How far can lenders push the credit box?

How far can lenders push the credit box?

Watt announcement helps, but risk keeps standards tight

Warren calls for GAO investigation of nonbank servicers

Asks GAO to review “unprecedented” growth of nonbank servicers

Freddie Mac CEO: We will help increase mortgage lending

Competition among two is still competition
W S

NY's Cuomo Expands Look into Mortgage Rescue Companies

/ Print / Reprints /
| Share More
/ Text Size+
New York Attorney General Andrew Cuomo is expanding his investigation into mortgage rescue companies. Cuomo’s office originally sent out 182 cease-and-desist letters to firms that claim to be mortgage rescue companies last week. On Monday, he sent out an additional 31 letters. Since early 2009, Cuomo's office has been conducting a nationwide investigation into the "foreclosure rescue" industry.  The investigation is in response to allegations that some of these companies unlawfully manipulate, mislead and defraud consumers through a variety of illegal tactics, resulting in delinquent mortgage payments and an increased threat of foreclosure. Such companies typically promise that they will negotiate with the homeowners' banks to lower mortgage interest rates, lock in fixed rates, get late fees and past due payments forgiven, and even reduce principal balances, Cuomo's office said. Cuomo said many of the companies fail to deliver, charge illegal, upfront fees and use misleading advertising to lure consumers.  The AG’s office said it is also addressing "equity-stripping" and "sale-leaseback" schemes. The attorney general’s cease-and-desist letters warn mortgage rescue companies to end any illegal, deceptive and misleading practices, including:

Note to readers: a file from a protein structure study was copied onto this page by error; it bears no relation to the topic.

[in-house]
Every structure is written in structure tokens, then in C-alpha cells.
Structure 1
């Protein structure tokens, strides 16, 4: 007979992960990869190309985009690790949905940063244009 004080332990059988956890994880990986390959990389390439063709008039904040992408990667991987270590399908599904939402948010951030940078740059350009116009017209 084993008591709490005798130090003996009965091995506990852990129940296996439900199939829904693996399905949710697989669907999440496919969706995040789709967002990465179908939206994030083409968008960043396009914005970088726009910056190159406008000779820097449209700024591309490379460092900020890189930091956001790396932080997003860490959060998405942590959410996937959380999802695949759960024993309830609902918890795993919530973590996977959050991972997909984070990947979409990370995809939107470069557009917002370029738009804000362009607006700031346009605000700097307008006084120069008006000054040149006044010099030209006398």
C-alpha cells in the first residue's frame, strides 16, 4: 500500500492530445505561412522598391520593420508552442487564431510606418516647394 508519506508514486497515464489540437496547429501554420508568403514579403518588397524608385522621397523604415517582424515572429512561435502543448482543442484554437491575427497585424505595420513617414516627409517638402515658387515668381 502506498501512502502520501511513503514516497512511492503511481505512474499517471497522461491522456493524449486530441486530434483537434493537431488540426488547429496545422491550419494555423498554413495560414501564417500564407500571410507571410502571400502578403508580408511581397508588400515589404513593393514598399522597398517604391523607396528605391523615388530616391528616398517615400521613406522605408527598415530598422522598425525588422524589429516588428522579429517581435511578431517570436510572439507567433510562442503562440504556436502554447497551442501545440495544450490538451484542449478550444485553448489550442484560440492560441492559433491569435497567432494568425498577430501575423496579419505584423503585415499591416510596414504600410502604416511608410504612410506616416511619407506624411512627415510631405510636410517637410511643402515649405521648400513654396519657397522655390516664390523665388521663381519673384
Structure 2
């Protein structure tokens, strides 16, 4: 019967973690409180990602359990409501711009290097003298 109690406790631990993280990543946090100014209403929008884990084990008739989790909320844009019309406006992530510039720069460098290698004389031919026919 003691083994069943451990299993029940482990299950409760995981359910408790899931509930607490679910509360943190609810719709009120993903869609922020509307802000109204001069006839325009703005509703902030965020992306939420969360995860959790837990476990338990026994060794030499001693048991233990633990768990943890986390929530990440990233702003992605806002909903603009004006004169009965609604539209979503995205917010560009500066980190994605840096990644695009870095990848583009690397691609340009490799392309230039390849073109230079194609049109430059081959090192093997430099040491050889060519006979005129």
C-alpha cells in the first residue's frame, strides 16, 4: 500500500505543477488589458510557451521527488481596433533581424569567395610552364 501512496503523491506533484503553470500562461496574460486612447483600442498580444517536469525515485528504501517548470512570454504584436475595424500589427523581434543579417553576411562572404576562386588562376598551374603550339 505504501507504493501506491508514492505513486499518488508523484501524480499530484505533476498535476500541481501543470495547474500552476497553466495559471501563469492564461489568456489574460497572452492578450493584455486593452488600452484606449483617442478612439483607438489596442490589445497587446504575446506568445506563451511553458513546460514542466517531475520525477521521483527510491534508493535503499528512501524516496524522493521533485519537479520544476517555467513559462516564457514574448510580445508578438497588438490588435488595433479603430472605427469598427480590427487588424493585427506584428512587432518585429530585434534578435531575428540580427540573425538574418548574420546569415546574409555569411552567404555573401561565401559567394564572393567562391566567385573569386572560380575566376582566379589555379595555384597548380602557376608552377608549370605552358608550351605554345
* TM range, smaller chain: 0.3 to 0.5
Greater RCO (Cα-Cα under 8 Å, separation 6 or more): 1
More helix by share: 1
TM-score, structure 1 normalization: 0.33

• Charging up-front fees for consulting services;
  • Failing to enter into written contracts with homeowners, in the language the homeowners use, that fully disclose the exact nature of, and fees for, the services to be provided;
  • Failing to allow homeowners to cancel their contract, without any penalty, within five business days after signing
As of May, there were 64,778 foreclosed properties in New York, or one in every 1,982 housing units had received notice of foreclosure, according to the AG’s office. Write to Kerry Curry.

Recent Articles by HousingWire Staff

Comments powered by Disqus